Cuba, stuck after five years without Fidel Castro

Fidel Castro, during a rally in 2006. / REuters

The ‘grandchildren’ of the revolution claim their rights and a freedom that the Communist Party denies them, amid a deep economic crisis and US sanctions

Young people demand freedom with the mobile internet as a new weapon; the pockets hit by a painful monetary reform and the extreme sanctions of the United States in the middle of the pandemic: five years after the death of Fidel Castro, the Cuban revolution is stuck, according to analysts. Fidelism, present in Cuba since 1959, “has the merit of having created a social welfare system” that brought health and education to the entire population, but “left a materially impoverished country, with an anachronistic way of governing with limited spaces of debate and competition ”, explains Professor Arturo López-Levy, from Holy Names University, California, to AFP.

Very distant now are the images of the long cordon of “grateful” who dismissed the Commander’s ashes after his death on November 25, 2016, during a journey of more than 900 kilometers between Havana and the monolith, where they rest in Santiago de Cuba. in the east of the island. Sick since 2006, Fidel left power to his brother Raúl, who in 2018 handed over the reins of the presidency to Miguel Díaz-Canel and in 2021 left control of the Communist Party.

“The Cuban system set about replacing charismatic leadership with more institutional forms” and has managed to survive. “That in revolutionary contexts is necessary, but not sufficient,” considers López-Levy. “The fidelista spirit conceived sacrifice and moral mobilization for the sake of the collective”, but a reform promoted in 2011 by Raúl Castro, more pragmatic and realistic, implied “the reaffirmation of individual interests” in the country, he adds. In addition, everyone recognizes his legacy in medicine, which made it possible to control the pandemic and immunize 80% of the population.

A new generation burst onto the political scene after Fidel’s death, demanding rights and freedom of expression. These are the so-called ‘grandchildren’ of the revolution, who are between 30 and 40 years old, who represent 13.5% of the total population of the island, 11.2 million. They demand political participation, projects that allow them to prosper and reject the calls for the Numantine resistance against the United States, which mobilized their parents.

All of this happens in an aging society. The historical leaders appear frequently in the obituaries and obituaries of the newspaper ‘Granma’, and the ‘sons of the revolution’, around 70, are retiring. The new “variable” in “this complex context has been social protest,” says Cuban economist Pavel Vidal, from the Javeriana University of Colombia.

Many “grandchildren” are competent professionals who came on the scene spontaneously to help during the 2019 tornado in Havana. More organized, in 2020 they were grouped in the San Isidro movement, which in November of that year gave rise to the unprecedented sit-in in front of the Ministry of Culture.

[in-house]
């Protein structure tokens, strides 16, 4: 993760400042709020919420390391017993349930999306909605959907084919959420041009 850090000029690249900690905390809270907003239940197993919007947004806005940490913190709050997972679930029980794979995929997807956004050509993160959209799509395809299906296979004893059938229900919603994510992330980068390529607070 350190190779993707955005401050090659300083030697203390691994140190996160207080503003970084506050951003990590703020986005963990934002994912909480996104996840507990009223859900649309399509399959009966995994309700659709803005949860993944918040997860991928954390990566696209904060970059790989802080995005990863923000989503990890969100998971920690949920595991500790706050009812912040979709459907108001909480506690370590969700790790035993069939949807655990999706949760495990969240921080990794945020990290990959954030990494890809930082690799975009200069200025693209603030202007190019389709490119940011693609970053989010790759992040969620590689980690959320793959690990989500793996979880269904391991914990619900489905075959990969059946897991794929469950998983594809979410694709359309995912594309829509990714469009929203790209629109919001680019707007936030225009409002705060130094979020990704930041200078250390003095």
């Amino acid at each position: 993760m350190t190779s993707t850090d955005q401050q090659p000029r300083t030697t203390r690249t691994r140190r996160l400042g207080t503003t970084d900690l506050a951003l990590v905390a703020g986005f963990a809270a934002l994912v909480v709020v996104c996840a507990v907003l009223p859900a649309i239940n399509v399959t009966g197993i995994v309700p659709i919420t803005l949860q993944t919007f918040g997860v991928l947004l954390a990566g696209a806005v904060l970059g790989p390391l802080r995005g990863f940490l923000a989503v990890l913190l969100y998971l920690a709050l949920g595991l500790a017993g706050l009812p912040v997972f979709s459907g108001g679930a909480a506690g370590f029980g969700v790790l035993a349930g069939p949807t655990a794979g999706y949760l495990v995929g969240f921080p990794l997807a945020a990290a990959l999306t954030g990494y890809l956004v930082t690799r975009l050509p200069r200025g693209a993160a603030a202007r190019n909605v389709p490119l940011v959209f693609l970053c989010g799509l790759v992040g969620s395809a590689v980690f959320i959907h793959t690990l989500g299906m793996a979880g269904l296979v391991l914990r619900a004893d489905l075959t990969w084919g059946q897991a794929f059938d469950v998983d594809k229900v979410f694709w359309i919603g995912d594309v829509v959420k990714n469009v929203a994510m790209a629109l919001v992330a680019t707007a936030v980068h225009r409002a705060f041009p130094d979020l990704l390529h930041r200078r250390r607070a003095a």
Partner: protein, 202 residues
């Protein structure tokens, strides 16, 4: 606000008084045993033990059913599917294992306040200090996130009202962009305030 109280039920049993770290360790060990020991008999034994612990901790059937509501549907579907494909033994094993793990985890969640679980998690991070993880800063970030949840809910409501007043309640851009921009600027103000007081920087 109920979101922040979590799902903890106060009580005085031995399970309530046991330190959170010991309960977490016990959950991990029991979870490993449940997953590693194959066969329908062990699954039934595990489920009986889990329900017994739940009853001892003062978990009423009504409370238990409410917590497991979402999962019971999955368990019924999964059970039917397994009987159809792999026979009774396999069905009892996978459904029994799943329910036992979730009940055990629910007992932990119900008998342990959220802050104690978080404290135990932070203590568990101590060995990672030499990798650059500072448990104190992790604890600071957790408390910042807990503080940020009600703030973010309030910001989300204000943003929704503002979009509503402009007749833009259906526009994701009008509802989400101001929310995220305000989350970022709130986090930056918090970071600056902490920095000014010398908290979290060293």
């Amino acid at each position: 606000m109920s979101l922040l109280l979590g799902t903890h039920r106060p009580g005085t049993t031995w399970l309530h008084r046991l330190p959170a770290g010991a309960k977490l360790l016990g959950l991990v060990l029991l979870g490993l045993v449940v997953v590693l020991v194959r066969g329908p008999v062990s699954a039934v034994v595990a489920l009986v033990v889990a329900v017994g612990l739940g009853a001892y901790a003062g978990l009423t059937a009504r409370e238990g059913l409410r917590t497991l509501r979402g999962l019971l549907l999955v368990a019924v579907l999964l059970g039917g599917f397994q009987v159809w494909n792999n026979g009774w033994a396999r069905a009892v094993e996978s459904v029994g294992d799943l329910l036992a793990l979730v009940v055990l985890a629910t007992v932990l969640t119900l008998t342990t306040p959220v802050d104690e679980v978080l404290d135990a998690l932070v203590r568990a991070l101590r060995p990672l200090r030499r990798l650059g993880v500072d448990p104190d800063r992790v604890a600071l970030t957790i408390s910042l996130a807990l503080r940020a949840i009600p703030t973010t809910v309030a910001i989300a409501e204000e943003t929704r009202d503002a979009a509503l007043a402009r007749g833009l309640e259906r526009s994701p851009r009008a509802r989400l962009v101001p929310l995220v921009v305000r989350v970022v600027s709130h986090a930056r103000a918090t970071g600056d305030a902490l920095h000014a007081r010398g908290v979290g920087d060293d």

Mobilizations for freedom

Then came the historic and massive demonstrations of July 11, followed by an attempted protest banned this month, which served as a warning to the island’s authorities. “My generation is close enough to our grandparents to understand their history, but historically separated enough not to be anchored to history and to be able to think about the future,” Raúl Prado, a 35-year-old active photographer, told AFP.

Experienced in the use of social networks and the internet, which reached their mobiles only in 2018, they are ahead of the archaic official ideological apparatus, which repeats old empty slogans for these young people. “By not finding a political space in our country and not envisioning a possible future, he will soon become the migrant generation,” laments Prado.

“These five years have been very difficult for the economy,” says Vidal, referring to the 11% drop in GDP in 2020, the highest since 1993, and strong inflation that has caused food and medicine shortages. Added to all this is “the escalation of sanctions under the (Donald) Trump administration that continues with (Joe) Biden, the impact of the infinite crisis in the Venezuelan economy and the pandemic,” the academic added.

In this context, the Cuban government applied a monetary reform in January that meant a significant salary increase. The minimum rose from 400 to 2,100 Cuban pesos (from 15.5 to 77.5 euros), but it also implied the uncontrolled increase in prices. In 10 months, inflation was 60% in the legal market, but in the ‘informal’ it soared 6,900%, according to official information.

Things are expected to improve with the reactivation of tourism, once the pandemic is controlled, as well as with the increase in the price of nickel and a biotech industry capable of producing and exporting vaccines and medicines. But for Vidal it is insufficient, as long as the government does not recognize that “a significant proportion of the population does not share the same ideas as the Communist Party” and accepts “to expand political participation.”


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